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When it comes to alcoholism, there is another diagnosis that often accompanies it— depression.
But the relationship between alcoholism and depression is a bit like the chicken and the egg, in that it’s hard to determine which came first. Some believe that depression leads to alcoholism, while others think that alcoholism leads to depression. In a way, both are probably true to an extent. It depends on the person and the situation.
Though not all alcoholics have struggled with depression, it is a common dual diagnosis for many. In fact, according to Web MD, one-third of people with severe depression also have issues with alcohol.
But to understand the connection between alcoholism and depression, it is essential to understand each as their own entities
According to the National Institute of Mental Health, depression (also known as major depressive disorder or clinical depression) is a common but serious mood disorder that affects how you feel, think, and handle daily activities, such as sleeping, eating, or working.
Such symptoms can include feeling empty, hopeless, irritable, worthless, decreased energy, lethargic, difficulty concentrating, trouble sleeping, and appetite or weight changes. These symptoms vary for everyone, and some may experience all of them, while others may experience only a few. To be officially diagnosed with depression, symptoms have to be ongoing for two weeks or more.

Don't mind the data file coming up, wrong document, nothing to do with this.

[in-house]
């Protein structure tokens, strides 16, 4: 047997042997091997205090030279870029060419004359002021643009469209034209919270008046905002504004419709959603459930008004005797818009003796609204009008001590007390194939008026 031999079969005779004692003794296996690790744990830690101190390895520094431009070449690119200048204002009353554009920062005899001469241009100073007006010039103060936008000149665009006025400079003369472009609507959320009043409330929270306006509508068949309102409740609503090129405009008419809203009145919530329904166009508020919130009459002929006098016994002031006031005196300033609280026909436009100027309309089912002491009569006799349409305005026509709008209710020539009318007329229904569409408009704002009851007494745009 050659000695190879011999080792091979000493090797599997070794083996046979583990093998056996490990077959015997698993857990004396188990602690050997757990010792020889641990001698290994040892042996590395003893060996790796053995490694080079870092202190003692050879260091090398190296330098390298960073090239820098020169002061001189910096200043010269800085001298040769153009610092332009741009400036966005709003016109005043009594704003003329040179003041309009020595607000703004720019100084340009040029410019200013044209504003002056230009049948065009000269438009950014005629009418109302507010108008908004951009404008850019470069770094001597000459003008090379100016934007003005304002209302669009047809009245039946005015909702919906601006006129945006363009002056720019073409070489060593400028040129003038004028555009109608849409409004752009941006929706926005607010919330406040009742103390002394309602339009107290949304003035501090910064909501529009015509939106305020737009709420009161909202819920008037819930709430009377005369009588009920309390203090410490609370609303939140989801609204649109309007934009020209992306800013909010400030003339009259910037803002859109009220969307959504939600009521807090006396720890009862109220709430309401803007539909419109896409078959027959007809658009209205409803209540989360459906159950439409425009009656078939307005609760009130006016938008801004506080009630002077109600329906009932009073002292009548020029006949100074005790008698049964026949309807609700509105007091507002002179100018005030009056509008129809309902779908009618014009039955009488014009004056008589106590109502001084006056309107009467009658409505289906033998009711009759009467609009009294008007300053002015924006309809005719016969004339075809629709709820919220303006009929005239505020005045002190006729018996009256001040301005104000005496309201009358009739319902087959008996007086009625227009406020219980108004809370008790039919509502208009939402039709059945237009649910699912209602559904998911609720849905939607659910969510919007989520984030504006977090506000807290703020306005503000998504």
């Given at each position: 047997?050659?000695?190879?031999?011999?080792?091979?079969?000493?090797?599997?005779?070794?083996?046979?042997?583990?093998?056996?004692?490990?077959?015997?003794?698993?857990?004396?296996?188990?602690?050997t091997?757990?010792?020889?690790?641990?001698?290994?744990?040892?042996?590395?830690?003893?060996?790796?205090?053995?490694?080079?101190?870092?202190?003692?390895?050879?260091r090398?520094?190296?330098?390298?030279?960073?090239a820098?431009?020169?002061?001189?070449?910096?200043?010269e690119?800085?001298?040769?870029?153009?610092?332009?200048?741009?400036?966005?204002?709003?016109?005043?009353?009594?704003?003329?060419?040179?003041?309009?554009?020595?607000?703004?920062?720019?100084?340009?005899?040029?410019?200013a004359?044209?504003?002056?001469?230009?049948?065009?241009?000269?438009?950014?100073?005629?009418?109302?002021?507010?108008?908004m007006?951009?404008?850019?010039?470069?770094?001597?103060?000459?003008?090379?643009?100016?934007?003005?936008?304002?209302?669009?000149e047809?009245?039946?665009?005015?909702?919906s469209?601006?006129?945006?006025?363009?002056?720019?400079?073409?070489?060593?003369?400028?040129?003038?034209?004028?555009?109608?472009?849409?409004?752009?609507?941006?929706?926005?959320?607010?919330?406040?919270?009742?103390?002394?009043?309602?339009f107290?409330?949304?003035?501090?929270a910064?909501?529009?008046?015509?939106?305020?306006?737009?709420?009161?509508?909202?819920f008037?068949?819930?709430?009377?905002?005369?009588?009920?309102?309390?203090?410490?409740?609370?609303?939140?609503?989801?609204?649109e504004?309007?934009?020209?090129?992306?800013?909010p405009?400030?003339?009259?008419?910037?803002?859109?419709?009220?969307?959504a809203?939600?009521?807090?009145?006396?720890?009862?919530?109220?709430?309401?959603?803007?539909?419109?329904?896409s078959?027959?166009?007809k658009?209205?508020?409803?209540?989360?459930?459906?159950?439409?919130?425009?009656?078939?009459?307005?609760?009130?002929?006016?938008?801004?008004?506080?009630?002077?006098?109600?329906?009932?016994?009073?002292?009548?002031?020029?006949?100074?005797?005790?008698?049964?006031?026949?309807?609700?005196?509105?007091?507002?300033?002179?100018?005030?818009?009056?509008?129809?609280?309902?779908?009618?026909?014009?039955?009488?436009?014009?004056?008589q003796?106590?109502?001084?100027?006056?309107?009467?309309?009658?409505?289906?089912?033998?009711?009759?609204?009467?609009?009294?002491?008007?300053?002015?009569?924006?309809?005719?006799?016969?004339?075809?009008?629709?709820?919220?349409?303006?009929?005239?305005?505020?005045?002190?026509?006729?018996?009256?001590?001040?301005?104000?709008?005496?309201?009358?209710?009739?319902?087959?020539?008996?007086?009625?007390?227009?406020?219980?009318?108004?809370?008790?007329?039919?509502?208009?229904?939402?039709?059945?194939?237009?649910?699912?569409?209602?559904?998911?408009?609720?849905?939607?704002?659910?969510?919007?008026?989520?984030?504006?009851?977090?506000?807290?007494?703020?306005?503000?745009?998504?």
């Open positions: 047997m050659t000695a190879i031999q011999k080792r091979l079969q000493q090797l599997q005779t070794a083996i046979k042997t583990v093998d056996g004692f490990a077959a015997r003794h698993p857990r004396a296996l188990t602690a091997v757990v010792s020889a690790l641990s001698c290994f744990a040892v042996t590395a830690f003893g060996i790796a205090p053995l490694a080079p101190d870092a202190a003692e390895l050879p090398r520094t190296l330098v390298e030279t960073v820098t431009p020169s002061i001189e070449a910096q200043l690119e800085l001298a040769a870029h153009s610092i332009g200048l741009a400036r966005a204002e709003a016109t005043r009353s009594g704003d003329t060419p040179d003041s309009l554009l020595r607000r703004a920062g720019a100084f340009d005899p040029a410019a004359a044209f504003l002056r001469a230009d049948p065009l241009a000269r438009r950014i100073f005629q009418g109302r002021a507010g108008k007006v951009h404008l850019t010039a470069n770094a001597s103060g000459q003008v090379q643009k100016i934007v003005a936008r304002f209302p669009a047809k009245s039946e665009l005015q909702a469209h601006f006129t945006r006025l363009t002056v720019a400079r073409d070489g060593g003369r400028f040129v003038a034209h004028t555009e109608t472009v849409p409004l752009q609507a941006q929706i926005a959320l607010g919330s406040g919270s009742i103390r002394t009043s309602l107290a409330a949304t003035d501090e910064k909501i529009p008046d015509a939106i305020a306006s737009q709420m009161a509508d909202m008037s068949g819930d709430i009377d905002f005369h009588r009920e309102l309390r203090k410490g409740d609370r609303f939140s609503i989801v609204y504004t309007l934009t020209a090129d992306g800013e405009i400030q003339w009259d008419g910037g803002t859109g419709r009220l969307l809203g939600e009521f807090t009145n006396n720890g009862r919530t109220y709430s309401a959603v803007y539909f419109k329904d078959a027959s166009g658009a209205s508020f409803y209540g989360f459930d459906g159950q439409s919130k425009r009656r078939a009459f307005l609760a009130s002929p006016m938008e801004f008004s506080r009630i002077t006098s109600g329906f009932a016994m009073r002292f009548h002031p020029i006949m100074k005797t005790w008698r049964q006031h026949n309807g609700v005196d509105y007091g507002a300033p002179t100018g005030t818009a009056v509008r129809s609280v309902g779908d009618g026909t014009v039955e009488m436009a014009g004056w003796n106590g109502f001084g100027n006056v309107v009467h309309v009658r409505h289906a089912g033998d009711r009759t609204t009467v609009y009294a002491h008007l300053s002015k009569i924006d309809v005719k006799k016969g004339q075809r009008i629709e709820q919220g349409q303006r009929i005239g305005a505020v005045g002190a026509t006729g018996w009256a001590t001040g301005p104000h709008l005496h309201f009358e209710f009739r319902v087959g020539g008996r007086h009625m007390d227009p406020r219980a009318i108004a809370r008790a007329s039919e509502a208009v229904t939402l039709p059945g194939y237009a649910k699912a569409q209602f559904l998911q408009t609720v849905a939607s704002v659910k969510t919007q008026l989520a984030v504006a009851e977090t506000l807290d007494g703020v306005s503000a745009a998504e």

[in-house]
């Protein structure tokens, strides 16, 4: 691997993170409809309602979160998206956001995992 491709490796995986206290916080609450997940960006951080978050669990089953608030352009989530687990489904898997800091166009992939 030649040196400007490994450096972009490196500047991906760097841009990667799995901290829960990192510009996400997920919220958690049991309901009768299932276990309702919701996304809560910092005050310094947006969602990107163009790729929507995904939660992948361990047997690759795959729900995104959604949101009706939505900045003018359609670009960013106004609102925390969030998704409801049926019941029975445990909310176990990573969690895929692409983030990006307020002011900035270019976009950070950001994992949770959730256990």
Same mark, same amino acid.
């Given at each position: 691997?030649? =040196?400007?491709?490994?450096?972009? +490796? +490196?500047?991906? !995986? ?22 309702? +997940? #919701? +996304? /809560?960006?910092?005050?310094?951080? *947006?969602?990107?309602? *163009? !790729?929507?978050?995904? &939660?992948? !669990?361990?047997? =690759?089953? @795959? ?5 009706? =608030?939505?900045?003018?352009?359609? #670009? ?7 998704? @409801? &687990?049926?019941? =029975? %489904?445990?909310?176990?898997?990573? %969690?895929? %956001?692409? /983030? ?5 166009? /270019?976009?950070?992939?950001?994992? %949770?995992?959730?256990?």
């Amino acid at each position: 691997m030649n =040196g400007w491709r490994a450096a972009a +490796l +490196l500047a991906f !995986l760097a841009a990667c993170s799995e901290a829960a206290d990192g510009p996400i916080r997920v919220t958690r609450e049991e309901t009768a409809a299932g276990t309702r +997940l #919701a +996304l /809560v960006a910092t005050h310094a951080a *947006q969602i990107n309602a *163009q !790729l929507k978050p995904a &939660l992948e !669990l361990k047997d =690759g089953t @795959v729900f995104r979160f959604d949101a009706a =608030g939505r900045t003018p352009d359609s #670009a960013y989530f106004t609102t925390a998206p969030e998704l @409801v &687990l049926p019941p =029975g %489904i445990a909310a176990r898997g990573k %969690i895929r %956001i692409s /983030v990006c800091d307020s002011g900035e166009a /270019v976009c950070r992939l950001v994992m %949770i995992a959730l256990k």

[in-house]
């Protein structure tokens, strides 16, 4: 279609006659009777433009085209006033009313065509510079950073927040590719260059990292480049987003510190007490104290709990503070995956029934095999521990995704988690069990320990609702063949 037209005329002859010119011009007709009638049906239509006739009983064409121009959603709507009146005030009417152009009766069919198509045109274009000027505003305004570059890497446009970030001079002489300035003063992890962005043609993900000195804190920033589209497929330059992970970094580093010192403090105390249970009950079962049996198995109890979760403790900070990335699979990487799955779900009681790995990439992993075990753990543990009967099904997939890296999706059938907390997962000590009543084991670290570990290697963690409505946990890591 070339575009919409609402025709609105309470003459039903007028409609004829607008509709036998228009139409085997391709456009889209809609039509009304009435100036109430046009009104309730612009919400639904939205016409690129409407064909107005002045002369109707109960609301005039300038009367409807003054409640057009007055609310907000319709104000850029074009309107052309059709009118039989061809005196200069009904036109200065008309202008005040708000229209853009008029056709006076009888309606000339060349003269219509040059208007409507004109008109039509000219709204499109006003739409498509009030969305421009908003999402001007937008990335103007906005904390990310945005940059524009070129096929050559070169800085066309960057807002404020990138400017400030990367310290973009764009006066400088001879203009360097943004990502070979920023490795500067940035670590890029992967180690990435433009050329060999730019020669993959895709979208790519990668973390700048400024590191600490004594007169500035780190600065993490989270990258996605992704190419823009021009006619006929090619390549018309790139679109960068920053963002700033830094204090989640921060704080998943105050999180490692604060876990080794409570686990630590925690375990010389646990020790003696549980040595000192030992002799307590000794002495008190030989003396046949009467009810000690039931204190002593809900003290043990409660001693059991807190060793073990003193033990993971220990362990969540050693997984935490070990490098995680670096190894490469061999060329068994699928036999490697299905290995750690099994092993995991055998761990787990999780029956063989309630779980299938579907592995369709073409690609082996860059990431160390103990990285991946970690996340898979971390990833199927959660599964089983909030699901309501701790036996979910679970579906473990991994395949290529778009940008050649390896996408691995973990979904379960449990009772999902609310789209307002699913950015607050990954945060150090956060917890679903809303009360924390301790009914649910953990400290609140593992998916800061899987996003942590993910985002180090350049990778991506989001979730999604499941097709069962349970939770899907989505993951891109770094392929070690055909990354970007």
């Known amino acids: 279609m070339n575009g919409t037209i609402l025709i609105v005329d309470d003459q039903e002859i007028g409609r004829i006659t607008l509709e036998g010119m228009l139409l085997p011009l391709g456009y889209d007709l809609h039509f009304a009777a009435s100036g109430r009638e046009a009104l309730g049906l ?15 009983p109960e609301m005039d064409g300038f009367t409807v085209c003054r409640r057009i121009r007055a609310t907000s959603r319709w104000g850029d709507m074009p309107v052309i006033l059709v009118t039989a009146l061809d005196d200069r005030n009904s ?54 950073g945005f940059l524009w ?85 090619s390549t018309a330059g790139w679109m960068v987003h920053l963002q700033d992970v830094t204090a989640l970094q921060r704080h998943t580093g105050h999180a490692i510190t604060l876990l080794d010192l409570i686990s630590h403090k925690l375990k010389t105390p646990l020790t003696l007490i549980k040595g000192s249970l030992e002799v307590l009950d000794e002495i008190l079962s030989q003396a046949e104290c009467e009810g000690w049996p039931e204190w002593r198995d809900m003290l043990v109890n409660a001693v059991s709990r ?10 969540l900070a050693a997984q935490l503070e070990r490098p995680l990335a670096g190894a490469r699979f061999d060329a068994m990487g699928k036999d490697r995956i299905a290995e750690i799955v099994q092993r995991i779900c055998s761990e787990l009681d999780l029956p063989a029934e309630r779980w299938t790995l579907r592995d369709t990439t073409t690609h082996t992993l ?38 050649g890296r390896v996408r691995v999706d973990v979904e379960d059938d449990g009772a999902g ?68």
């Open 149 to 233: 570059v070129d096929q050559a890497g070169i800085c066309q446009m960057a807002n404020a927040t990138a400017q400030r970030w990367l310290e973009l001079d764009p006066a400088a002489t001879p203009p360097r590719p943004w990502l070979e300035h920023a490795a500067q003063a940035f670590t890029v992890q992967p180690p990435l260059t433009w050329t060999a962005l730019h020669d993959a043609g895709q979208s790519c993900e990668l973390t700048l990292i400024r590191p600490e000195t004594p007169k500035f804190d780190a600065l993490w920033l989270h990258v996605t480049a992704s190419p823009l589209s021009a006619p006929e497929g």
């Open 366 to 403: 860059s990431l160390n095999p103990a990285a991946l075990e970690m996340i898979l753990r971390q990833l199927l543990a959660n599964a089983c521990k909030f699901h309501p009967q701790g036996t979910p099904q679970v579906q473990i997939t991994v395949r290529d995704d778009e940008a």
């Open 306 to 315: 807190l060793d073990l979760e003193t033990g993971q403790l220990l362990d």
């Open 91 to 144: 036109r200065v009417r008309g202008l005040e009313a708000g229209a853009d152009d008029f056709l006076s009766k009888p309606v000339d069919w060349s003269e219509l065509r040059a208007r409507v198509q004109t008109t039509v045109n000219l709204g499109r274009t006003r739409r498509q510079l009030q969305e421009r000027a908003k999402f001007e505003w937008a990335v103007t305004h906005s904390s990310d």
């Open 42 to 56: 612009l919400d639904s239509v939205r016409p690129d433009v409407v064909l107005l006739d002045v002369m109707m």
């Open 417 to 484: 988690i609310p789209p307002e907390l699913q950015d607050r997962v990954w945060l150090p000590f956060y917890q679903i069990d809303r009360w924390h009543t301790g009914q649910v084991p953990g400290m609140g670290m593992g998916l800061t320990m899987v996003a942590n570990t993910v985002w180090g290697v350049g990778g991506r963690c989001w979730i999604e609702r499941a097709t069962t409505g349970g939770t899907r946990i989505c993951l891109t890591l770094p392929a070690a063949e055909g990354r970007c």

For some people, depression can be brought on by a particular event, such as a severe illness. For others, it may be a result of genetic, biological, environmental and psychological factors.
Alcohol use disorder is defined as a pattern of alcohol use that involves problems controlling your drinking, being preoccupied with alcohol, continuing to use alcohol even when it causes problems, having to drink more to get the same effect, or having withdrawal symptoms when you rapidly decrease or stop drinking.
It isn’t always easy to tell if someone is or is not an alcoholic, at least not early on in the disease. As time passes and their drinking increases, they will likely begin to face more consequences due to drinking. Alcoholics will typically make excuses for these types of events, all of which have nothing to do with alcohol. By doing this, they are justifying the decision to continue drinking.
Alcohol is a depressant, meaning it lowers neurotransmission levels or disrupts the balance in the brain, which is problematic for people who are already feeling depressed. The feeling of relaxation that occurs as a result of drinking alcohol is because chemical changes are occurring in the brain. At first, it may feel as if alcohol is helping a person with depression to feel less depressed. But as time passes and they continue to drink, it can begin to go downhill and make their depression or anxiety worse. Drinking regularly actually lowers the amount of serotonin in the brain, which is a chemical that regulates a person’s mood.
According to Web MD, “Drinking will only make depression worse. People who are depressed and drink too much have more frequent and severe episodes of depression and are more likely to think about suicide. Heavy alcohol use also can make antidepressants less effective.”
If you or a loved one is experiencing suicidal thoughts or tendencies, call the National Suicide Prevention Hotline at 1-800-273-8255.